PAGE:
Apocalyptic as "The Sower" is, "The Citadel" is more fearsome. I found myself coming back to the picture several times: the lurid images of mutilated body parts and an eye rimmed with teeth exert a hideous fascination. Rotten teeth chew on an arm, intestines are draped over mounds of cancerous flesh and horrid spiky plants grow at the base, like Triffids feeding on the corruption. The artist seems to say that the wholesale killing in war is just humanity cannibalising itself.

I stood there quietly like a rabbit caught in the headlights – the woman next to me was muttering "Whooo, whooo…" and feebly waving her hands like someone practising the breaststroke. She obviously needed a negatively geared chocolate biscuit.

In 1947 Gleeson went abroad and absorbed the works of the old masters. His work in the 'fifties was inspired and influenced by what he saw, and also by poetry and history. One recognises the influence of Turner in the glowing light effects that he uses in some works.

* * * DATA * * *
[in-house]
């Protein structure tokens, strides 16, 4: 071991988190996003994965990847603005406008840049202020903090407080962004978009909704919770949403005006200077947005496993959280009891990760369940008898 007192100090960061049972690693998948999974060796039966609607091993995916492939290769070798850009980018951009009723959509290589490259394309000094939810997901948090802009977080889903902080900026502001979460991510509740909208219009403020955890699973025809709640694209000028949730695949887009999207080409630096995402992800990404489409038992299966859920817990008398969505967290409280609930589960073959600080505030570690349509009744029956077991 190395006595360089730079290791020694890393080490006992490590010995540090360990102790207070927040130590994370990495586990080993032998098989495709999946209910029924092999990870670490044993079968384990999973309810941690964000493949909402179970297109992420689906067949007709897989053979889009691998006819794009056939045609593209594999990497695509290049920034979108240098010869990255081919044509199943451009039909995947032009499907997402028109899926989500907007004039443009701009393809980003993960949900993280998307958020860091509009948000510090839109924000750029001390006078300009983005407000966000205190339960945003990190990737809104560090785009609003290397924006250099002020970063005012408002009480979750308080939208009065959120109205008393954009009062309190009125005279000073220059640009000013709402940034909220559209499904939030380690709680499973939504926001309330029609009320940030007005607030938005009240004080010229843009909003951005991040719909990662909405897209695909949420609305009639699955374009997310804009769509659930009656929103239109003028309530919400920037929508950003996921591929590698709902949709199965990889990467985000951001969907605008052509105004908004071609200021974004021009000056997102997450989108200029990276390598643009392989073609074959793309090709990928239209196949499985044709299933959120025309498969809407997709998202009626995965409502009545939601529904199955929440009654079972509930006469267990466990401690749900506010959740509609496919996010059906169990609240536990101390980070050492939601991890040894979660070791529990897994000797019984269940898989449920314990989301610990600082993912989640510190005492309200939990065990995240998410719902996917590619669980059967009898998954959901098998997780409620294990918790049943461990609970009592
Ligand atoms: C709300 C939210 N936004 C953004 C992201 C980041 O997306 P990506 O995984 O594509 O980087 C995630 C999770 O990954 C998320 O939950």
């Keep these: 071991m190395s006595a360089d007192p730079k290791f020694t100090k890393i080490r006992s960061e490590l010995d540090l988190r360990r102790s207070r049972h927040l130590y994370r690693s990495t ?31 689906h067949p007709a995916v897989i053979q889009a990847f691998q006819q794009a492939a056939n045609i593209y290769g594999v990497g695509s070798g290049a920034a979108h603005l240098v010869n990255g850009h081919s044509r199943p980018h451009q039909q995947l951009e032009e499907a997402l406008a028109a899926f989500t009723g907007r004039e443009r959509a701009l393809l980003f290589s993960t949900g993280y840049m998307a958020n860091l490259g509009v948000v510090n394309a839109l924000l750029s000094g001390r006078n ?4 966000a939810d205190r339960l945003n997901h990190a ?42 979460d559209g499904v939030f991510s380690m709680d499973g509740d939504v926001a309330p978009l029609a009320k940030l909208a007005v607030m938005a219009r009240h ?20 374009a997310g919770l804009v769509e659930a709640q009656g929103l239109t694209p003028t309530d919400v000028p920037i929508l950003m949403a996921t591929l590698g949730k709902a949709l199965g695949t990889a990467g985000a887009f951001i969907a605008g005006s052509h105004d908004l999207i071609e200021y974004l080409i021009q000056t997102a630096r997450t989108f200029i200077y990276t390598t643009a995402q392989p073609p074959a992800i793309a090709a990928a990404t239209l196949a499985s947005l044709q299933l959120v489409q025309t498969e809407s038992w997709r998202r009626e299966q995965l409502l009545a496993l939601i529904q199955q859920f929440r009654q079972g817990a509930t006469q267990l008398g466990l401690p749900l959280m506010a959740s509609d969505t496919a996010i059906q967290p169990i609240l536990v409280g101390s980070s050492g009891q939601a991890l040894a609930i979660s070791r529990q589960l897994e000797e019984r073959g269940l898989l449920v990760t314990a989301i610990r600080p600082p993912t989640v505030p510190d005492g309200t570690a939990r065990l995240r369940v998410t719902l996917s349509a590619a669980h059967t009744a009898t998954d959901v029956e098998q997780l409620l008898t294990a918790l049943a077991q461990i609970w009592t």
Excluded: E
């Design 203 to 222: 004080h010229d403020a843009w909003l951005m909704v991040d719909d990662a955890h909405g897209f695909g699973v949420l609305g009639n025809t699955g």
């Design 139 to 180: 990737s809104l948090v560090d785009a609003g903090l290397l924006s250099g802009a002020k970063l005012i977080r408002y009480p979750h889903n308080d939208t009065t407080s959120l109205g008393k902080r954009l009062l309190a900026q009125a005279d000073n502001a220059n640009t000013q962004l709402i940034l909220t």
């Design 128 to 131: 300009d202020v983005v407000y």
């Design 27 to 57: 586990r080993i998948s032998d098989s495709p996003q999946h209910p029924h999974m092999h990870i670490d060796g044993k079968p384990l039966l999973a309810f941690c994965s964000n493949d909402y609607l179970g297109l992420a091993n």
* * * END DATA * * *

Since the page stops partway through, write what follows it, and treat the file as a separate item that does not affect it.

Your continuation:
In others, the colossal figures, dark, looming skies and an aura of menace echoed Goyas I have seen in the Prado: "The Colossus" and "Saturn devouring his children" have that same air of impending doom, and they exude the same dread.

Gleeson pays homage to the great Surrealists too: there were several works that were very reminiscent of Magrittes I had seen in Antwerp's Stadsmuseum: meticulously drawn everyday objects in an extraordinary context: the "magic realism" that Magritte pioneered. Indeed, Gleeson also echoed Magritte's trick of creating surrealist versions of famous paintings: I was amused by a large canvas called "Faux Delft by day/night" …

When I first looked at it, it seemed so familiar, yet I knew I had never seen it before. Then it dawned on me that I was looking at Vermeer's "View of Delft", rendered surrealistically! Instead of the Dutch ladies in the foreground, Gleeson had painted himself at his easel. He used the same palette of colours and kept the skyline similar, although Vermeer's buildings are now bottles and pelicans and weird animals, with the same silhouettes. I like a painter with a sense of humour!